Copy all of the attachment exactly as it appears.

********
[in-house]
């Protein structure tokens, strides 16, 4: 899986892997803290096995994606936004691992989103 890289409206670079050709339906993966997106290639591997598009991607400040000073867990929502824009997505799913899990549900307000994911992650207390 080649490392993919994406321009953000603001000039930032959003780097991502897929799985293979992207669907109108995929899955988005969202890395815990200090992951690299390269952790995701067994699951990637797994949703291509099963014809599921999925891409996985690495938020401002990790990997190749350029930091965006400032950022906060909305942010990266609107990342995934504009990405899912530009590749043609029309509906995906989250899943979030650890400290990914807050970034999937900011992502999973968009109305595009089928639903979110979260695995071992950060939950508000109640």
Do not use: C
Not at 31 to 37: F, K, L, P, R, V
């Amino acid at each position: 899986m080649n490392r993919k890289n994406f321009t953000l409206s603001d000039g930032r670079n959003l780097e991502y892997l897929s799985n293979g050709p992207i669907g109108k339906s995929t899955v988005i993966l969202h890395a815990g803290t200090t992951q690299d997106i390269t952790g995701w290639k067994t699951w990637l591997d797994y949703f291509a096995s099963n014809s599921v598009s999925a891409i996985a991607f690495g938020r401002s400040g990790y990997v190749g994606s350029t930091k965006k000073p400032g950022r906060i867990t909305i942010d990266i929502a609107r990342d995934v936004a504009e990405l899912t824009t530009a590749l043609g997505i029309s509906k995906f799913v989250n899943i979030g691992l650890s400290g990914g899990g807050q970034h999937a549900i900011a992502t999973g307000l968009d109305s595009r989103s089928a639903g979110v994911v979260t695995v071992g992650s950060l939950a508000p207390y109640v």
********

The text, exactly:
[in-house]
């Protein structure tokens, strides 16, 4: 899986892997803290096995994606936004691992989103 890289409206670079050709339906993966997106290639591997598009991607400040000073867990929502824009997505799913899990549900307000994911992650207390 080649490392993919994406321009953000603001000039930032959003780097991502897929799985293979992207669907109108995929899955988005969202890395815990200090992951690299390269952790995701067994699951990637797994949703291509099963014809599921999925891409996985690495938020401002990790990997190749350029930091965006400032950022906060909305942010990266609107990342995934504009990405899912530009590749043609029309509906995906989250899943979030650890400290990914807050970034999937900011992502999973968009109305595009089928639903979110979260695995071992950060939950508000109640």
Do not use: C
Not at 31 to 37: F, K, L, P, R, V
């Amino acid at each position: 899986m080649n490392r993919k890289n994406f321009t953000l409206s603001d000039g930032r670079n959003l780097e991502y892997l897929s799985n293979g050709p992207i669907g109108k339906s995929t899955v988005i993966l969202h890395a815990g803290t200090t992951q690299d997106i390269t952790g995701w290639k067994t699951w990637l591997d797994y949703f291509a096995s099963n014809s599921v598009s999925a891409i996985a991607f690495g938020r401002s400040g990790y990997v190749g994606s350029t930091k965006k000073p400032g950022r906060i867990t909305i942010d990266i929502a609107r990342d995934v936004a504009e990405l899912t824009t530009a590749l043609g997505i029309s509906k995906f799913v989250n899943i979030g691992l650890s400290g990914g899990g807050q970034h999937a549900i900011a992502t999973g307000l968009d109305s595009r989103s089928a639903g979110v994911v979260t695995v071992g992650s950060l939950a508000p207390y109640v």